Format: Paperback
I've been following the controversy over Rob Bell's Love Wins for a while now. I think Mark Galli's God Wins is a better response to Rob Bell's book than Erasing Hell was, mainly because God Wins seeks to offer an alternative image of who God is. Erasing Hell made the effort to attack Love Wins on the historical and Scriptural level, while God Wins recognizes that the attractiveness of Rob Bell's vision is not the flawed exegesis but the vision of a beautiful world, loved irresistibly by a passionate God. People don't necessarily care about universalism because they think Christian history and theology demand it, they care about it because they have a hard time reconciling a loving God with the existence of an eternal place of torment.

God Wins attempts to answer this concern by coming up with an alternative vision of the one presented by Bell. As he says early in the book, "as we dig deeper into God's Word, we discover it is less important that love wins than that God wins. The purpose of this book is to explain that crucial difference" (xiii). Galli argues that there is a difference between questions that trust in the goodness of God and others that demand a sign from God, as if God is on trial and we are the judges. Much like Job did, we expect that a good God has to give us good things, and when our lives fall apart, we put God on trial. Galli claims that because God doesn't seem eager to answer Job's persistent questions "suggests that all our questions about God's wisdom and justice and love may not be all that important to God in the end - or at least not as important as other things." (12).

Galli's basic argument is that "the idea of love in Love Wins tends to come across as beautiful and exciting - but ultimately thin and sentimental.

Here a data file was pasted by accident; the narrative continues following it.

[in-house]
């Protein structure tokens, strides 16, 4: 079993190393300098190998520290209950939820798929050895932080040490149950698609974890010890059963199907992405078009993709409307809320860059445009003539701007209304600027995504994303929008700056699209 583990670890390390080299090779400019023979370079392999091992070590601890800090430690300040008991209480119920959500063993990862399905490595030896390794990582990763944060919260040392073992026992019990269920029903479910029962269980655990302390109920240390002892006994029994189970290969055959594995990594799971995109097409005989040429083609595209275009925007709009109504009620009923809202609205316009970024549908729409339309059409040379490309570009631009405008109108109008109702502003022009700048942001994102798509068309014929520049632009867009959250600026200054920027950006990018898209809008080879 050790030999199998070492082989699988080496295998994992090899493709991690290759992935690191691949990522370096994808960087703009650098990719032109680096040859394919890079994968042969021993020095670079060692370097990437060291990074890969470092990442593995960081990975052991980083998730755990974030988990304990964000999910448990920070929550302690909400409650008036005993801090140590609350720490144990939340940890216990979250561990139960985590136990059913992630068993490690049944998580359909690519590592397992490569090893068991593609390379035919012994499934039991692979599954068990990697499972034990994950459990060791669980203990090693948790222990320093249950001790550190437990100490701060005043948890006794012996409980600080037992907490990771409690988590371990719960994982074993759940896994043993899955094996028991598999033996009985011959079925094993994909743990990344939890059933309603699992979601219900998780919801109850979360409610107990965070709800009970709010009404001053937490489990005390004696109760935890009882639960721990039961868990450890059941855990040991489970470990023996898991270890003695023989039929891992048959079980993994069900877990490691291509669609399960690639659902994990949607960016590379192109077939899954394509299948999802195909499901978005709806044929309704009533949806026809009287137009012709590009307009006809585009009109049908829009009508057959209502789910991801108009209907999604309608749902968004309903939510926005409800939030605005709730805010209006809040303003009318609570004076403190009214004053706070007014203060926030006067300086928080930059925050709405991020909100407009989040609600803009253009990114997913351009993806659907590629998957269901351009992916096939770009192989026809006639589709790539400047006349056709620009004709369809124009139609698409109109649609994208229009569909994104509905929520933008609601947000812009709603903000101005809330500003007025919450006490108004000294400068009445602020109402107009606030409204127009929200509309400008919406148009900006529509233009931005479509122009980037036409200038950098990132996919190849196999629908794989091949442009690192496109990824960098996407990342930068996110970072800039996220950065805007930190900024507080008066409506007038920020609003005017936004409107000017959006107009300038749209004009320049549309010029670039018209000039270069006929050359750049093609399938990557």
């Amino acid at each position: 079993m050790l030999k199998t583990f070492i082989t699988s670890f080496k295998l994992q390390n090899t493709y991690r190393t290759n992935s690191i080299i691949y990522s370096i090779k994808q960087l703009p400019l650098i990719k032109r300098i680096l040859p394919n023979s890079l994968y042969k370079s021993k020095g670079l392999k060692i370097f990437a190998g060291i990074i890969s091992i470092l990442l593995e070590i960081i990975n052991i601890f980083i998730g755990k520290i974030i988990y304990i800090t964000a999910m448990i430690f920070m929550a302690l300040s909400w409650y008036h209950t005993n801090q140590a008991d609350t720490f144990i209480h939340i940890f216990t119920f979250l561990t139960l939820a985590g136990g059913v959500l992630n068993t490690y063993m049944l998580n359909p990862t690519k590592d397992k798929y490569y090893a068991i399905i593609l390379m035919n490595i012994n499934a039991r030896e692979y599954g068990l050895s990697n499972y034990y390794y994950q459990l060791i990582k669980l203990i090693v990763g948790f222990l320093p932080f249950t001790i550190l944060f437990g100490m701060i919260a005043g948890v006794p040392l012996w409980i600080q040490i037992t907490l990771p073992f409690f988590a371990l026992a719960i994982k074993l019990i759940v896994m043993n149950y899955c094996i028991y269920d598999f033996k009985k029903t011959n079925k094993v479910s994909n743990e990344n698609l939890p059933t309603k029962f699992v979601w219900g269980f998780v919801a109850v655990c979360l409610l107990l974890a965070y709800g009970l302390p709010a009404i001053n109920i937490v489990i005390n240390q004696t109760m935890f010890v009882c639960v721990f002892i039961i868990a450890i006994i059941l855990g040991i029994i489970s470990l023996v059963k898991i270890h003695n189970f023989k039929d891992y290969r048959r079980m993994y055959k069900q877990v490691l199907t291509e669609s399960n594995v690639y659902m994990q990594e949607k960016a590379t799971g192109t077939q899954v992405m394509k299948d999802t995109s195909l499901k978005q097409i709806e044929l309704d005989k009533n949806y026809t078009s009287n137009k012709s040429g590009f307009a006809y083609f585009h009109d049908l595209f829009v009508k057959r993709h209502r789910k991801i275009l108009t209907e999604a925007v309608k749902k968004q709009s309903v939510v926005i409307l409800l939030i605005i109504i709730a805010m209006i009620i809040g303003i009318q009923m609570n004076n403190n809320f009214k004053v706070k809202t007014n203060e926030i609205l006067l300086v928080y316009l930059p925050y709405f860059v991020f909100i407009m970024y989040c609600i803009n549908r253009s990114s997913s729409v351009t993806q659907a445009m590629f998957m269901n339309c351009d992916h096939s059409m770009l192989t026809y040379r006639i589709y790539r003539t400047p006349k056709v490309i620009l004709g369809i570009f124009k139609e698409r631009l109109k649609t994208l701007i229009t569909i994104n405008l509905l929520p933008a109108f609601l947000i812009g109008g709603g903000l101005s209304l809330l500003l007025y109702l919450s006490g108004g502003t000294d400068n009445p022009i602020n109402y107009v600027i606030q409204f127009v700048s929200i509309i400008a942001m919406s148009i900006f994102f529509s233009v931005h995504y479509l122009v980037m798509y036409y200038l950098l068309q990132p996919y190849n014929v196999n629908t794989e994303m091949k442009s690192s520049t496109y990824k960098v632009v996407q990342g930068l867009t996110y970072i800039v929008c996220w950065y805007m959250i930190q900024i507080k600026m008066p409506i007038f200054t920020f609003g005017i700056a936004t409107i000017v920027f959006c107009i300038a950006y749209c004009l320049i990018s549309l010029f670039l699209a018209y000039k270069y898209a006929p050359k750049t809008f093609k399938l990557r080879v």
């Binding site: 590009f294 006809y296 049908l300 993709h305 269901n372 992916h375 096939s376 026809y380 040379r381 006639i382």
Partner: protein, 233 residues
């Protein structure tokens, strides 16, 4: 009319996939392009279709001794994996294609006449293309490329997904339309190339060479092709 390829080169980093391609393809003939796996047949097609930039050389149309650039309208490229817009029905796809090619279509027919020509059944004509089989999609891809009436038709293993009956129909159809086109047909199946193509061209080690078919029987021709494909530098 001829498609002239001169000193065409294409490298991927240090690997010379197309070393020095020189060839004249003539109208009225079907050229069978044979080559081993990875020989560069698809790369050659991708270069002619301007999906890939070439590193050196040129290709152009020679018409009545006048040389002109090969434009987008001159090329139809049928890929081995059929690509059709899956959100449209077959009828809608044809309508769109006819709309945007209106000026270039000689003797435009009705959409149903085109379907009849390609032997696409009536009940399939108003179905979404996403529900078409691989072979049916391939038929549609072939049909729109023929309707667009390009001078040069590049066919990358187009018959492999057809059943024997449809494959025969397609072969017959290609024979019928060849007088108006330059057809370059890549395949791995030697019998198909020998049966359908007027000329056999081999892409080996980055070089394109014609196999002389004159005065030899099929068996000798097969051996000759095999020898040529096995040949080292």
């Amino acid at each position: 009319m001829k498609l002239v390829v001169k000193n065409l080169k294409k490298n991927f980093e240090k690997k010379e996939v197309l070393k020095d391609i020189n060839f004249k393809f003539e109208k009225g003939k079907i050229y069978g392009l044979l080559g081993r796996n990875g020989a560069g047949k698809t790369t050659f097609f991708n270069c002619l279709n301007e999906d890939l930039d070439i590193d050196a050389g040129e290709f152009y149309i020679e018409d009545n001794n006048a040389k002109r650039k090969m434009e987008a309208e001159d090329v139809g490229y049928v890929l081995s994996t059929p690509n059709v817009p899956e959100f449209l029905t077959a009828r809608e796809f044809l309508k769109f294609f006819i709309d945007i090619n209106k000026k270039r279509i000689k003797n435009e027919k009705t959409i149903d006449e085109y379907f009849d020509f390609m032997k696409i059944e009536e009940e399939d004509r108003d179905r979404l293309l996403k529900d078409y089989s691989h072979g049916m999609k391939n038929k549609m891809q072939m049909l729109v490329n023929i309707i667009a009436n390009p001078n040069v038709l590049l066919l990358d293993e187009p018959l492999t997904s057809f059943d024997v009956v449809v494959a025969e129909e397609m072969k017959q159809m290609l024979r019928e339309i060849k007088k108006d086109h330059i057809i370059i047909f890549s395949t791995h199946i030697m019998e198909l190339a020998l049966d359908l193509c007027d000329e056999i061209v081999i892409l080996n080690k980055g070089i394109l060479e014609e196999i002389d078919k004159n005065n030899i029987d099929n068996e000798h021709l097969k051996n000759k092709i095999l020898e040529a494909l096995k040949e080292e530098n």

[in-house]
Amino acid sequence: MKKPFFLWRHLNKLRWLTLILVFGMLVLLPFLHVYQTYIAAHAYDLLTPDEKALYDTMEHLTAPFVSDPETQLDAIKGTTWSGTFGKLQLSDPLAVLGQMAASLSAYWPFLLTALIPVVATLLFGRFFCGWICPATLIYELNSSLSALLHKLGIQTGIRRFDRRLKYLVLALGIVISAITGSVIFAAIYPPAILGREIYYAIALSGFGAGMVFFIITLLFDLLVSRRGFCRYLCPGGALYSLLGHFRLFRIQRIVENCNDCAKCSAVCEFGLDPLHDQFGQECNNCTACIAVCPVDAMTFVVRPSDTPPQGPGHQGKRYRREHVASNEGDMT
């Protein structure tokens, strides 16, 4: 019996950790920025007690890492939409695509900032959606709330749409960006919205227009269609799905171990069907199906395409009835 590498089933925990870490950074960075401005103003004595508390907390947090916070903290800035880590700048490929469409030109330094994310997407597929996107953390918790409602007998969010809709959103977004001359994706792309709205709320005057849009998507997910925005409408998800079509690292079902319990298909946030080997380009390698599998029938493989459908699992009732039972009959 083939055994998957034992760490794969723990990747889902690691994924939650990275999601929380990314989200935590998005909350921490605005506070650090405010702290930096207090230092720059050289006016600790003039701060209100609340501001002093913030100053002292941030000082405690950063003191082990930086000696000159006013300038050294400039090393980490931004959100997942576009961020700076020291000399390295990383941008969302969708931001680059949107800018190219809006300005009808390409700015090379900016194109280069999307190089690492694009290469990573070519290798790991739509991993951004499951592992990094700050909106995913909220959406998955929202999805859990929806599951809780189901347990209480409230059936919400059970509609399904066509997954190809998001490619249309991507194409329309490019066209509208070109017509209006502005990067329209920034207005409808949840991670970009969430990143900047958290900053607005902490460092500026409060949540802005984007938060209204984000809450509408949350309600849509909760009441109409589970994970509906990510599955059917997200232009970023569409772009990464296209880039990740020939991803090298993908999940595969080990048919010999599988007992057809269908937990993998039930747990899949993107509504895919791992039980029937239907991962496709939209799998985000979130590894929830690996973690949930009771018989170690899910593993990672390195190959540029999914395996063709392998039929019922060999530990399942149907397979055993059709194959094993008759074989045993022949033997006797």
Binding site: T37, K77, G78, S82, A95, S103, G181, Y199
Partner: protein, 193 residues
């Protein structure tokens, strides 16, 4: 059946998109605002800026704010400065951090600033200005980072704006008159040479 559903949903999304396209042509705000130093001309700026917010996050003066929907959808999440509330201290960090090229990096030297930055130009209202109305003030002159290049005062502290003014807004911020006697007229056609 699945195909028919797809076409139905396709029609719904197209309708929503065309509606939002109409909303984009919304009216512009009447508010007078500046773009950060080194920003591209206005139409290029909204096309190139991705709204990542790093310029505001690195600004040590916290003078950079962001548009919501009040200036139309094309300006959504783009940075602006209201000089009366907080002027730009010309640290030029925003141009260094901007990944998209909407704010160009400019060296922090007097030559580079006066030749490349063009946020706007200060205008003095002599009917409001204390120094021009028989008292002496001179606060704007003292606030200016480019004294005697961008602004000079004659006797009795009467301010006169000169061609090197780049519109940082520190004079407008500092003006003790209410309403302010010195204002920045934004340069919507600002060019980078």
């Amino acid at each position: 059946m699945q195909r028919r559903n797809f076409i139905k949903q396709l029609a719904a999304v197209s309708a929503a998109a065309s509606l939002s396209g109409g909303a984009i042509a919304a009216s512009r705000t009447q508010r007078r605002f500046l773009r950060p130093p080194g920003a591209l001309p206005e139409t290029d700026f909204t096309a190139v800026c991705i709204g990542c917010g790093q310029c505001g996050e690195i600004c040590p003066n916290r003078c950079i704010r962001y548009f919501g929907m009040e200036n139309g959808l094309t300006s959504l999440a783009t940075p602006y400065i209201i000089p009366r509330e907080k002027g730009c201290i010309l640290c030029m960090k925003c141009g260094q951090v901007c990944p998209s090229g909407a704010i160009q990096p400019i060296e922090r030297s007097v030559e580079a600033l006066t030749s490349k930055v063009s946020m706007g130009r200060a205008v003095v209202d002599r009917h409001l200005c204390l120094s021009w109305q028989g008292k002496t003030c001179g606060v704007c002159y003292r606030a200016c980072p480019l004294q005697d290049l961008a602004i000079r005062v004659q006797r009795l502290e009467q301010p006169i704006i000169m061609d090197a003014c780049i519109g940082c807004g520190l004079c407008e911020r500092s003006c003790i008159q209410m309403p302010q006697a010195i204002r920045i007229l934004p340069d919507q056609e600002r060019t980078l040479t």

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38 of 51 people found the following review helpful By Amazon Customer VINE VOICE on August 4, 2011
Format: Kindle Edition Verified Purchase
I purchased this book. My review was unrequested. While I favor Tyndale, finding the people who work there and who daily engage on social networks to be of the best kind, but I have found that this book is poorly written.


Mark Galli spent 22 years as a journalist and has served as a pastor. He has an MDiv and as has completed some PhD work, although I am unsure in what field. He is a Christian, an Evangelical, and more than likely, although never fully expressed in God Wins, coming from (or going to) a very Reformed tradition. He is an author of several books, and respected in his field. I can respect the work that Galli has done in the name of Christ for his tradition, and indeed others with his work at Christianity Today. Yet, in this work, we find the pitfalls of having an market idea and then trying to build a book around it. Billed at the "first market response" to Rob Bell's Love Wins, published earlier this year by HarperOne, God Wins more than likely will soon vanish from our memories, due to it's lackluster writing style and the almost purposed method of the author to miss or to misstatement Rob Bell's point.

There is something to be said about trying to refocus the issue of Salvation on Christ, something which I think that we lack today; however, the point of Bell's book is not so much about attaining salvation, but about not judging others and understanding one's role in salvation. Galli never seems to answer Bell, but instead talks past him, trying to focus on the media-hyped Love Wins instead of Bell's Love Wins. This is a major problem for Galli, as for those who have read Bell's book, and I of course mean actually read it, Galli's response seems to often times be misdirected.